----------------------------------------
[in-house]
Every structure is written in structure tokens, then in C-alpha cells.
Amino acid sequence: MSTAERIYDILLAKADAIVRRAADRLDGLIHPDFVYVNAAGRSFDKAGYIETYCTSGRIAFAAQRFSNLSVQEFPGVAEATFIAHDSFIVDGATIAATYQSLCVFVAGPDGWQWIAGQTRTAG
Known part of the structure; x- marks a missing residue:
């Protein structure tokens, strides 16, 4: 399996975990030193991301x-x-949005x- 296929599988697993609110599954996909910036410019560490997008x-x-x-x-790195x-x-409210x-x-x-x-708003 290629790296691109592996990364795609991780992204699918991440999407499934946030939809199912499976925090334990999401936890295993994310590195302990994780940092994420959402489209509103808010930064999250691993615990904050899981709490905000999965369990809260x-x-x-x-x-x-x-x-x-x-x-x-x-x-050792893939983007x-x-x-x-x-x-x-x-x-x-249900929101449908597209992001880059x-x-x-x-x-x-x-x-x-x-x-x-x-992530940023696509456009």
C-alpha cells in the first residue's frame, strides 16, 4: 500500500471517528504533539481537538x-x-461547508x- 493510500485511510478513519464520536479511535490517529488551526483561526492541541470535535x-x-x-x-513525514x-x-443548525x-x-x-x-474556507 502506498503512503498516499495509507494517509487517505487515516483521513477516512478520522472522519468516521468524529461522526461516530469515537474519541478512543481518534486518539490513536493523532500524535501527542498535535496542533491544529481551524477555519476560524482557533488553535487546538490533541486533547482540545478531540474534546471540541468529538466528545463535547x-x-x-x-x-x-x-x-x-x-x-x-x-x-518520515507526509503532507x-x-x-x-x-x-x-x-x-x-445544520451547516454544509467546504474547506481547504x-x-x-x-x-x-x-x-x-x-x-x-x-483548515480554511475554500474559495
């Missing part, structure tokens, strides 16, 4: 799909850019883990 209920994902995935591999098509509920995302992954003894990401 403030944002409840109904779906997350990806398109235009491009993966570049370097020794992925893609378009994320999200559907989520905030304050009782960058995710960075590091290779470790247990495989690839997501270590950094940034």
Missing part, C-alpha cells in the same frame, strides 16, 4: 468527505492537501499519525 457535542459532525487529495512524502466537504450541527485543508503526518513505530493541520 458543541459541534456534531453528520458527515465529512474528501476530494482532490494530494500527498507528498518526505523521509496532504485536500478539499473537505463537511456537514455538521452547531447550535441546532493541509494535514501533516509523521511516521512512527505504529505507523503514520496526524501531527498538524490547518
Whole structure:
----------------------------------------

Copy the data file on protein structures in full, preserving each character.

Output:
[in-house]
Every structure is written in structure tokens, then in C-alpha cells.
Amino acid sequence: MSTAERIYDILLAKADAIVRRAADRLDGLIHPDFVYVNAAGRSFDKAGYIETYCTSGRIAFAAQRFSNLSVQEFPGVAEATFIAHDSFIVDGATIAATYQSLCVFVAGPDGWQWIAGQTRTAG
Known part of the structure; x- marks a missing residue:
């Protein structure tokens, strides 16, 4: 399996975990030193991301x-x-949005x- 296929599988697993609110599954996909910036410019560490997008x-x-x-x-790195x-x-409210x-x-x-x-708003 290629790296691109592996990364795609991780992204699918991440999407499934946030939809199912499976925090334990999401936890295993994310590195302990994780940092994420959402489209509103808010930064999250691993615990904050899981709490905000999965369990809260x-x-x-x-x-x-x-x-x-x-x-x-x-x-050792893939983007x-x-x-x-x-x-x-x-x-x-249900929101449908597209992001880059x-x-x-x-x-x-x-x-x-x-x-x-x-992530940023696509456009």
C-alpha cells in the first residue's frame, strides 16, 4: 500500500471517528504533539481537538x-x-461547508x- 493510500485511510478513519464520536479511535490517529488551526483561526492541541470535535x-x-x-x-513525514x-x-443548525x-x-x-x-474556507 502506498503512503498516499495509507494517509487517505487515516483521513477516512478520522472522519468516521468524529461522526461516530469515537474519541478512543481518534486518539490513536493523532500524535501527542498535535496542533491544529481551524477555519476560524482557533488553535487546538490533541486533547482540545478531540474534546471540541468529538466528545463535547x-x-x-x-x-x-x-x-x-x-x-x-x-x-518520515507526509503532507x-x-x-x-x-x-x-x-x-x-445544520451547516454544509467546504474547506481547504x-x-x-x-x-x-x-x-x-x-x-x-x-483548515480554511475554500474559495
């Missing part, structure tokens, strides 16, 4: 799909850019883990 209920994902995935591999098509509920995302992954003894990401 403030944002409840109904779906997350990806398109235009491009993966570049370097020794992925893609378009994320999200559907989520905030304050009782960058995710960075590091290779470790247990495989690839997501270590950094940034």
Missing part, C-alpha cells in the same frame, strides 16, 4: 468527505492537501499519525 457535542459532525487529495512524502466537504450541527485543508503526518513505530493541520 458543541459541534456534531453528520458527515465529512474528501476530494482532490494530494500527498507528498518526505523521509496532504485536500478539499473537505463537511456537514455538521452547531447550535441546532493541509494535514501533516509523521511516521512512527505504529505507523503514520496526524501531527498538524490547518
Whole structure: